"I have been all my life an extremely promiscuous friend," Joseph Epstein said Tuesday at Barnes & Noble Upper East Side, discussing his new book, "Friendship: An Exposé" (Houghton Mifflin).
He recalled having chosen to become a popular boy in high school, and cultivating a vast number of friends. He cited Plutarch, who felt that a man or a woman should not have more than seven. Looking back over the decades, Mr. Epstein said he had made about 75 to 80 friends. "How did I get so many?" He said perhaps it was because he lived in the city that he grew up in and kept friends from early years, or because as a university teacher, he had become friends with about 25 former students over years of teaching.
Mr. Epstein quoted the expatriate philosopher George Santayana, who once noted that a best friend is a person with whom one "can be most human." But Mr. Epstein said he would not be dwelling on the delights of friendship, which he hoped all had experienced. "Let's instead get to the subtitle of the book — an exposé. What exactly am I exposing in this book?" He answered that he was exposing the Hallmark greetingcard view of the subject, which, he said, tends to go something like this:
To a very special person
You're caring and sharing
And always there for me.
But Mr. Epstein puckishly added, I've invented my own Hallmark card," not on the market, which went like this: We've been friends for so long– Why don't we stop?
A former editor of the quarterly magazine the American Scholar, Mr. Epstein said maybe the "Hallmark view of friendship" prevailed nowadays because there largely is an absence of strong contemporary writing on the subject of friendship. He expressed disappointment that much of what had been written recently was of "the how-to kind": how to make more friends, how to survive broken friendships, and so forth. "It's all vaguely therapeutic and written by authors whose names end in the initials Ph.D."
He said friendship might be too complex and nuanced to be captured by a single theory. Freud's view, that all friendship was essentially erotic, was a disaster, he said. (In an aside, Mr.Epstein quipped that he had come to believe that Freudian psychoanalysts, like Germany after the war, ought to be made to pay reparations to their patients.)
Mr. Epstein opposed what he described as a contemporary tendency of people to rely on friends as surrogate therapists. He recalled someone saying, "A true friend is someone you can call at 3 a.m. and tell all your troubles to. "I say yes," Mr. Epstein added in deadpan, "but only once."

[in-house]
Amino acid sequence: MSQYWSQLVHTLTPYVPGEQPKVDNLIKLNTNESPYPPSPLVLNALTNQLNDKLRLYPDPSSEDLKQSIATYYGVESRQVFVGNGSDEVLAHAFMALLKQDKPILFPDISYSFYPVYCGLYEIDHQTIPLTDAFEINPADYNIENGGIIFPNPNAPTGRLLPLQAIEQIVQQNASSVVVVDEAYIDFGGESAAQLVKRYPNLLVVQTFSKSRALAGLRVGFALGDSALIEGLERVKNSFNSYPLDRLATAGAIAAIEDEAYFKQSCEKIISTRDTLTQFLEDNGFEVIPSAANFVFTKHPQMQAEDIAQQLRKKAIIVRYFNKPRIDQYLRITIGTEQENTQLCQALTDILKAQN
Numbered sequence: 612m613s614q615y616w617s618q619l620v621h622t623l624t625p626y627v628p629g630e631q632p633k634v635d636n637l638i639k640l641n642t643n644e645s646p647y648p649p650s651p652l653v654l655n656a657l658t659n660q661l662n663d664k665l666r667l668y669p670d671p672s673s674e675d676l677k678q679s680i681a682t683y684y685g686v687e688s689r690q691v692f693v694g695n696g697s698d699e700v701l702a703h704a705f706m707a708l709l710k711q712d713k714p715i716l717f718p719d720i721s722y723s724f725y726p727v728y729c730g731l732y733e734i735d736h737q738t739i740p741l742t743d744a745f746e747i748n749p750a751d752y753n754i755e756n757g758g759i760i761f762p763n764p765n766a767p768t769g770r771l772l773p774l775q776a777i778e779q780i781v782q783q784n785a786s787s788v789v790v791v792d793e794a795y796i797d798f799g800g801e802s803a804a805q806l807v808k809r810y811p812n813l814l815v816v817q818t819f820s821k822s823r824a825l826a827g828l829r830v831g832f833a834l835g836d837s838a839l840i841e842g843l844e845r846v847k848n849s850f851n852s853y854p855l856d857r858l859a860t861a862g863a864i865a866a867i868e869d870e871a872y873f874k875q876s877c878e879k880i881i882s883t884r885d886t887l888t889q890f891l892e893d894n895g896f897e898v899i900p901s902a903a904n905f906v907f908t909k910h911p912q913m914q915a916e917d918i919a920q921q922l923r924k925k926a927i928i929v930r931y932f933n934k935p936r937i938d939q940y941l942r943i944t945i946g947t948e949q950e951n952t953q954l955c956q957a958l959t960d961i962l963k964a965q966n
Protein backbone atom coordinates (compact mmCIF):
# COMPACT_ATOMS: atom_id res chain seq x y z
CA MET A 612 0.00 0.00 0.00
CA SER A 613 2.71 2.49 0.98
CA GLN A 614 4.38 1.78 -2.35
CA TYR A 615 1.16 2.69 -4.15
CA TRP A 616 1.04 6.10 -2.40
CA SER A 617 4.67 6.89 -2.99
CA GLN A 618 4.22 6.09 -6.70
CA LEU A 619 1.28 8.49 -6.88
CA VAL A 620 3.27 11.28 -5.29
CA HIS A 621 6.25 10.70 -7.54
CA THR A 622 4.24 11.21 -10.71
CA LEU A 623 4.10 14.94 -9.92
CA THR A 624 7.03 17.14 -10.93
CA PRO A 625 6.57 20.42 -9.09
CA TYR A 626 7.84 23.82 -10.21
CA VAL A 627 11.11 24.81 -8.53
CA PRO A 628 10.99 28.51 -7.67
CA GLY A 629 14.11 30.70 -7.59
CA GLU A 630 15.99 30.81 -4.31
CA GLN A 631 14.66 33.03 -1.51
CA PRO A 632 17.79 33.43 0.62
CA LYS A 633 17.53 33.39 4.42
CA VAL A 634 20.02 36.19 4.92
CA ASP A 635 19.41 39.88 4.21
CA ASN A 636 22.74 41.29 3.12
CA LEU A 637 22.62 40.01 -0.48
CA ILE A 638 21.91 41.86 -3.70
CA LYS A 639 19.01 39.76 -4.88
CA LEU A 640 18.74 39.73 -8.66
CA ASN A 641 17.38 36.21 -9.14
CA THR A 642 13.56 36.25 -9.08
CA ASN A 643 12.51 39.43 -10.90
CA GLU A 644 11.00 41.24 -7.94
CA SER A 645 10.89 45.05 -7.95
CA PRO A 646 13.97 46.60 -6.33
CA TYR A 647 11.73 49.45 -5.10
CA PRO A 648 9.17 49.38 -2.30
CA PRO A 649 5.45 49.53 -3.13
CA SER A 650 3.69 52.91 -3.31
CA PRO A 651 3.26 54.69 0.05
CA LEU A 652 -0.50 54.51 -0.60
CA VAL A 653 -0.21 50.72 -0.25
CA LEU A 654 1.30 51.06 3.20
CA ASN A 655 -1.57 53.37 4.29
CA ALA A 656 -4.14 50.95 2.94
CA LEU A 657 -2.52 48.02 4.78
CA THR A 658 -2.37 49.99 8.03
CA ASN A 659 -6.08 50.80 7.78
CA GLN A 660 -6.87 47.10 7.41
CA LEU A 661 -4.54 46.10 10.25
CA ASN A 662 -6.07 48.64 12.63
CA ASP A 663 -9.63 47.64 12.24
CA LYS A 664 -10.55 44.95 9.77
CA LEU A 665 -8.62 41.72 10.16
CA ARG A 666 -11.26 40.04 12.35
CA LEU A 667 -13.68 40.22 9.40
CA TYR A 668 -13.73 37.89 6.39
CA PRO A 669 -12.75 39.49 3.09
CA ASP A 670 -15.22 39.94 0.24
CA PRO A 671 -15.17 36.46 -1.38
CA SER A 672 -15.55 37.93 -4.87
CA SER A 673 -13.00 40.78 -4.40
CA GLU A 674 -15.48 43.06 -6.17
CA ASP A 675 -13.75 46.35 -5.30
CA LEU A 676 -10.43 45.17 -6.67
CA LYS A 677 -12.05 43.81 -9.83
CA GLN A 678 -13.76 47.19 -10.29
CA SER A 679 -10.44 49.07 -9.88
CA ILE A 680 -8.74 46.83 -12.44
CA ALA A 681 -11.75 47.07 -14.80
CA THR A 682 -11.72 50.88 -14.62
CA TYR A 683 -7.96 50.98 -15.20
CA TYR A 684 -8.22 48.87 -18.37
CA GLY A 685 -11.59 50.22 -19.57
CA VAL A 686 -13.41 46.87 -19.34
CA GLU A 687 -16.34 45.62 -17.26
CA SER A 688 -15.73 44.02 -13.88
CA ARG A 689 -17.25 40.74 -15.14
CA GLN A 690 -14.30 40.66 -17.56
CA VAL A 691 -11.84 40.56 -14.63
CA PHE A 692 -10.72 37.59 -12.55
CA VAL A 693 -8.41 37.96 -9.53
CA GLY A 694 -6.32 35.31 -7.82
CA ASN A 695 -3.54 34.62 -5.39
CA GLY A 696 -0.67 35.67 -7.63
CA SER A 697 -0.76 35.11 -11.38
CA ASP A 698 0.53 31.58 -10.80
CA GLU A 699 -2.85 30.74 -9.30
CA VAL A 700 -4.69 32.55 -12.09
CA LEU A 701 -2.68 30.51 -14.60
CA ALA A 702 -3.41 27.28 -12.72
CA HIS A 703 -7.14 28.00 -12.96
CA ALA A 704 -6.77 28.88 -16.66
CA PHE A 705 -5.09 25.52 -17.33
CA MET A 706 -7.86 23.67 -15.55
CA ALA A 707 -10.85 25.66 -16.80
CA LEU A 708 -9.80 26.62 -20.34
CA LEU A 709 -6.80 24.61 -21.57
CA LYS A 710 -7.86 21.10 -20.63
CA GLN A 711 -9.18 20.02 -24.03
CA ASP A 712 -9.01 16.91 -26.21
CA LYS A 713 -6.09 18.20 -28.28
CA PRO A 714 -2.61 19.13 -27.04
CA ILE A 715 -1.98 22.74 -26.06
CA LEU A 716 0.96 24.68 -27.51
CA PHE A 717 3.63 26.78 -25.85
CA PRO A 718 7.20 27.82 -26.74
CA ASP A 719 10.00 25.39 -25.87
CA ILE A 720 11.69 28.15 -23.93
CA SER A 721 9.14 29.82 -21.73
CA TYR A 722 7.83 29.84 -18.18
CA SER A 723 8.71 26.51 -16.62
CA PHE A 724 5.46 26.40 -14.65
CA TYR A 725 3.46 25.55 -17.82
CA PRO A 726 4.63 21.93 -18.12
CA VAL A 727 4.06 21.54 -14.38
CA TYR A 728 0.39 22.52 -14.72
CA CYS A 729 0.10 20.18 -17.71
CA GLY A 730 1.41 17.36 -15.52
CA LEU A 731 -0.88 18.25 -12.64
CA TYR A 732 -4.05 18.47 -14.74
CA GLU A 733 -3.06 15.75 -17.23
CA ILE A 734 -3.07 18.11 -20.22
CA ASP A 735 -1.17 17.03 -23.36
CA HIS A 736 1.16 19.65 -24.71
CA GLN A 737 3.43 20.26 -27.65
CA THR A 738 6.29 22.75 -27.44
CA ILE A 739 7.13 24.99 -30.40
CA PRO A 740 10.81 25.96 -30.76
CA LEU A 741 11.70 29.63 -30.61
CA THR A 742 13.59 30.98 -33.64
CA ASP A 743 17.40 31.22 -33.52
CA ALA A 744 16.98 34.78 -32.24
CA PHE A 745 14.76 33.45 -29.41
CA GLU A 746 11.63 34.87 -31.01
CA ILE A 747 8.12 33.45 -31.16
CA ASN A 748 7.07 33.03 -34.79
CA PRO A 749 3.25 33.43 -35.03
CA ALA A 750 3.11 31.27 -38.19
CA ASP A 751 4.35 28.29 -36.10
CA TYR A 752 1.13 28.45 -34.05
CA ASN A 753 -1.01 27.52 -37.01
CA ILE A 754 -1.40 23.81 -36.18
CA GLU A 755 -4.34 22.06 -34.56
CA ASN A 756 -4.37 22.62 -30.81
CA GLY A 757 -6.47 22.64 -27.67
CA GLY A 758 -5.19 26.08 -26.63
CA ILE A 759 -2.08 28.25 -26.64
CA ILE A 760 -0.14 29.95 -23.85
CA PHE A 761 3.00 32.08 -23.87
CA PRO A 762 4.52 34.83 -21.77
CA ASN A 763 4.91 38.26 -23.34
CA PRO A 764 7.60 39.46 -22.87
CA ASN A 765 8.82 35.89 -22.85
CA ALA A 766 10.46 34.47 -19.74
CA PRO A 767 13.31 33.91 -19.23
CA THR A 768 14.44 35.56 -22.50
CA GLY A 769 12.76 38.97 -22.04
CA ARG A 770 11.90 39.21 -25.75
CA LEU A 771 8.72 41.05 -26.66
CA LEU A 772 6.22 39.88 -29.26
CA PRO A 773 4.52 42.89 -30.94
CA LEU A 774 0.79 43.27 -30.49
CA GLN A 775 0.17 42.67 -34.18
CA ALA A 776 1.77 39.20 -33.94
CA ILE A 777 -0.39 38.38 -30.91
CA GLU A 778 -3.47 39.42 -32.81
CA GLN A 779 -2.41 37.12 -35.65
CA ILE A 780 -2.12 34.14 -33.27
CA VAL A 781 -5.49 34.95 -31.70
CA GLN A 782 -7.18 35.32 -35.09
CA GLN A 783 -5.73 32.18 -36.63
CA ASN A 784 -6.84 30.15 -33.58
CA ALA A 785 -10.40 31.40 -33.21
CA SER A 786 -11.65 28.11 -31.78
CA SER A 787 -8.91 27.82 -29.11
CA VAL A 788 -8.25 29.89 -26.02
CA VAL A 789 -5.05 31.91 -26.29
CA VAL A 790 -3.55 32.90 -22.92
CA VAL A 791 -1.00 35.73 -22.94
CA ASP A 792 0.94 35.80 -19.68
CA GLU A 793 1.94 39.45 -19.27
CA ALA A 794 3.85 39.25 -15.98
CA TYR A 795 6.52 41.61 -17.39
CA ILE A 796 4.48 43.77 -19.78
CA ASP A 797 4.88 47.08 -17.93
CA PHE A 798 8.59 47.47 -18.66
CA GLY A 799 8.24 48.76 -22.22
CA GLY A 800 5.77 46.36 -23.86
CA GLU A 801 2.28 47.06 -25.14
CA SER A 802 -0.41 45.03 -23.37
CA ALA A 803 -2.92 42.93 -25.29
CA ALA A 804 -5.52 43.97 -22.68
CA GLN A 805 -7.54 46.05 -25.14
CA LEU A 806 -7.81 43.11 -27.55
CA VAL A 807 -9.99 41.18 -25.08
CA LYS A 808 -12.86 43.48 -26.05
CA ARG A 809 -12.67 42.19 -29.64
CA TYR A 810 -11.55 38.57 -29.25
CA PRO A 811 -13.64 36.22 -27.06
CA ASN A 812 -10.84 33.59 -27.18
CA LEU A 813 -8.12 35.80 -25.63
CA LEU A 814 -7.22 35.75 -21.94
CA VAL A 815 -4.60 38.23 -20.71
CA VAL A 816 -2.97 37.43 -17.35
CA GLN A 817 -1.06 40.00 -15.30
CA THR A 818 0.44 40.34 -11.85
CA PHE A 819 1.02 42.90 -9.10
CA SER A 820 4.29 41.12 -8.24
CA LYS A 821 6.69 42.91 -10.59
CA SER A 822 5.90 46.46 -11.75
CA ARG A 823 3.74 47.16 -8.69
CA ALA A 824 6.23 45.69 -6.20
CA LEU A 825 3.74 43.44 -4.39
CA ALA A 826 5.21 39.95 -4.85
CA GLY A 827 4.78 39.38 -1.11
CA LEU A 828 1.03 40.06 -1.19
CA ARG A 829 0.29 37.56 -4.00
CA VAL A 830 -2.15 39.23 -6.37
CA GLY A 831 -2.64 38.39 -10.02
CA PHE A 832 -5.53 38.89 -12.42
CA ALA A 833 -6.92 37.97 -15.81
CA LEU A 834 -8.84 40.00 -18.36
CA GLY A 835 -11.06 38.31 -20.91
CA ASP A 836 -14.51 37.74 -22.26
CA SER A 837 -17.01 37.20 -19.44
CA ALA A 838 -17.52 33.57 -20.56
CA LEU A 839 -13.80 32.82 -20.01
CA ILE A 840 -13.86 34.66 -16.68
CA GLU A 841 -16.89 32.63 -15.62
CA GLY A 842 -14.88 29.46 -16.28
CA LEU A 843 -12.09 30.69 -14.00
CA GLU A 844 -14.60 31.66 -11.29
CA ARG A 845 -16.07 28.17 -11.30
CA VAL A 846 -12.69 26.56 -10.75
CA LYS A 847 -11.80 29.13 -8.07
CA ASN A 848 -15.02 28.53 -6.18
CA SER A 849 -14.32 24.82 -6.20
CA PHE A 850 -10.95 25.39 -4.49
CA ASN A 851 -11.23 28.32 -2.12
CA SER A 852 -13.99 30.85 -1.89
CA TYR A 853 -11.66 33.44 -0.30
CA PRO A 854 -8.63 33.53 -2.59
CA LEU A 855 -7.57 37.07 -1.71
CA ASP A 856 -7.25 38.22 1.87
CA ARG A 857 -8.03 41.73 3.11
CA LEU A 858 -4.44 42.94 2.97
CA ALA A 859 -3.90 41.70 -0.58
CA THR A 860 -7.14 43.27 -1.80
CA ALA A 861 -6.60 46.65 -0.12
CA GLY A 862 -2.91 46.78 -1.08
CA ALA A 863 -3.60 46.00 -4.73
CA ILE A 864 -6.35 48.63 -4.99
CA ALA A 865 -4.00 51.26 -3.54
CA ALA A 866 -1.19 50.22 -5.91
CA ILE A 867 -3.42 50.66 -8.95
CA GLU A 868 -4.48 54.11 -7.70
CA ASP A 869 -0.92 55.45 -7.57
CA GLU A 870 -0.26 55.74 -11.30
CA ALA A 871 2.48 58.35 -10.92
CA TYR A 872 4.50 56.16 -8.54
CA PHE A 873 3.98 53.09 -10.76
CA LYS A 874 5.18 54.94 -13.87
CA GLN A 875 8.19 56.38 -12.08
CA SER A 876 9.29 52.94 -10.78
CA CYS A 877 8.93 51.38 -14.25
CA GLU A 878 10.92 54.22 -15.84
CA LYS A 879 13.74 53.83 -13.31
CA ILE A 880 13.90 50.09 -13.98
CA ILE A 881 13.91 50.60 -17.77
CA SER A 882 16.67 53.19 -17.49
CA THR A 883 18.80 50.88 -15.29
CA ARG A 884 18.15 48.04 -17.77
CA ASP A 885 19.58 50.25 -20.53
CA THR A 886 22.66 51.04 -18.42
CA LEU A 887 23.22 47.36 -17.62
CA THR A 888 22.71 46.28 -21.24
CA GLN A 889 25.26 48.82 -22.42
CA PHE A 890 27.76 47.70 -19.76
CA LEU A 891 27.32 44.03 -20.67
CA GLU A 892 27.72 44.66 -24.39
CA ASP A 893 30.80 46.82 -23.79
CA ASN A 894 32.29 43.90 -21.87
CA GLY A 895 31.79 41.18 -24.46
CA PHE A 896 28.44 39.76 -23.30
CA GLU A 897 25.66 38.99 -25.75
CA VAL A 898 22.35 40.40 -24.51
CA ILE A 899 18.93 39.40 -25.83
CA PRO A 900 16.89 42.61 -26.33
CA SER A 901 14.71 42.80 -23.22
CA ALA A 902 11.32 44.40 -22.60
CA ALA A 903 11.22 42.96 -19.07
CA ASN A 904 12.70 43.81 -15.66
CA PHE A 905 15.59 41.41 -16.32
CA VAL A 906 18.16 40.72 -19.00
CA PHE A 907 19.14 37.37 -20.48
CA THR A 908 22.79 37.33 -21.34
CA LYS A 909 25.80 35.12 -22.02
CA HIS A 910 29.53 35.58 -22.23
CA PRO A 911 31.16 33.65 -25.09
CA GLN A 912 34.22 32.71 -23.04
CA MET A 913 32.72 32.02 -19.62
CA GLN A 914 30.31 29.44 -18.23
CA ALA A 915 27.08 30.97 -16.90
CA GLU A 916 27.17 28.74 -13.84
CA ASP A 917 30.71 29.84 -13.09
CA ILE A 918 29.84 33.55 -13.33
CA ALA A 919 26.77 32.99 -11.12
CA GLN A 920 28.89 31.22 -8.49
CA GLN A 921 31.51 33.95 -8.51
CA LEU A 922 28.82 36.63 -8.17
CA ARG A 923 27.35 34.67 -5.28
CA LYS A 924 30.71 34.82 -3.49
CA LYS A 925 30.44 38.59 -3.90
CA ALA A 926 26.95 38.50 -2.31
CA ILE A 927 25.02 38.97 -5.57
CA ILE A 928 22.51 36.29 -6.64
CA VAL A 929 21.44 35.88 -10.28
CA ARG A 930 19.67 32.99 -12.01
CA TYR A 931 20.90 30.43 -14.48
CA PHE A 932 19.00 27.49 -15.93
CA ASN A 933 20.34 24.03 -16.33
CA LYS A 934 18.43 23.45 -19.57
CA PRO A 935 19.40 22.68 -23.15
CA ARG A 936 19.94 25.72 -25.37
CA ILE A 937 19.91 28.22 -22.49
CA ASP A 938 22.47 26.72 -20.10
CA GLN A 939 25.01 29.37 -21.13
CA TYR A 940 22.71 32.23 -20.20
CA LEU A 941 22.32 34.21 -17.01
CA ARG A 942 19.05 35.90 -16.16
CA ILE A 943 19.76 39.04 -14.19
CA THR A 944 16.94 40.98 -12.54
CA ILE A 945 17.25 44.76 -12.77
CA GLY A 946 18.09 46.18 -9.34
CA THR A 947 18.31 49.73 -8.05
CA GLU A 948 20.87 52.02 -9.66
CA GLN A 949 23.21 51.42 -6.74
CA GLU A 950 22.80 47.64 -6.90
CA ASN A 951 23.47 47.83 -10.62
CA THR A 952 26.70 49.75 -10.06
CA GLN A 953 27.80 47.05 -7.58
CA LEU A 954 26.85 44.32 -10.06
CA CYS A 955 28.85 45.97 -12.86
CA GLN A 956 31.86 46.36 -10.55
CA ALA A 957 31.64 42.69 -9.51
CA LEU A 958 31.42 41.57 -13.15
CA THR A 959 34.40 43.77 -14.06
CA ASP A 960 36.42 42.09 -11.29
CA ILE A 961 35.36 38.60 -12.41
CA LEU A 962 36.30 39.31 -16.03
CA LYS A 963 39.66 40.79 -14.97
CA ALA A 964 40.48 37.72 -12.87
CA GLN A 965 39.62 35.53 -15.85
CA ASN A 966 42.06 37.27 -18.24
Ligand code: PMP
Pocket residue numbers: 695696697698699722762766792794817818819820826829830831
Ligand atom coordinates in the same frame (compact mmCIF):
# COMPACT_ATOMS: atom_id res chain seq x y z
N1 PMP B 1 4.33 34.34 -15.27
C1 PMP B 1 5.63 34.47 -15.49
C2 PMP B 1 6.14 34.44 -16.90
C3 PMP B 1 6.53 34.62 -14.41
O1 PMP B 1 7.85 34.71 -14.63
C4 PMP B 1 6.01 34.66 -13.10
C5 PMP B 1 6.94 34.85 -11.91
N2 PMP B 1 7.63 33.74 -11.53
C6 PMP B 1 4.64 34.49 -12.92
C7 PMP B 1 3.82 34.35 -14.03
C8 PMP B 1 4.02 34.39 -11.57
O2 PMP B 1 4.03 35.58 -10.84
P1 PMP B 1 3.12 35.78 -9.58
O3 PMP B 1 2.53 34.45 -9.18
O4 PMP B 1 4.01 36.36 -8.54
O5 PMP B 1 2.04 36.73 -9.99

Some aspects of friendship had changed, he averred. Women and men could now meet in non-sexual friendship in a way they could not in his father's generation. And through email, chat rooms, and technology, "techno friends" could be friendly without requiring personal presence.
Mr. Epstein also said the definition of friendship alters as one grows older. He said the great time of friendship is probably adolescence, when life is full of passion and there is little else to interfere. But he said he now merely expects a friend to have a set of reasonably correct assumptions about the kind of person his friend is: to know something about how the other's mind works, how his tastes run, what he finds amusing or intolerable.
Mr. Epstein set out a few general notions on the subject: First, one must never try to change friends. He described how the sociologist Edward Shils was always trying to reform the novelist Saul Bellow. He really wanted Bellow to be Thomas Mann with Jewish jokes on the side, Mr. Epstein said.
Also, one must not expect unanimity of opinions among friends on every issue, e.g. the North American Free Trade Agreement. Mr. Epstein said had come to believe there was something larger and more important: the way one looks at the world. But, he said, everyone will have a line that cannot be crossed. He said he was once discussing this very subject with the neoconservative writer Irving Kristol. "Yes, that's true. That's really an interesting point," Mr. Kristol replied, "except for Israel-Palestine."
Mr. Epstein also said not all friendships need to deepen, although there is a natural tendency: "We meet, we like each other, we say, ‘Why don't we get together with our wives and husbands,' and soon we say, ‘Why don't we take all our extended families and go to Antarctica together' — this doesn't have to happen."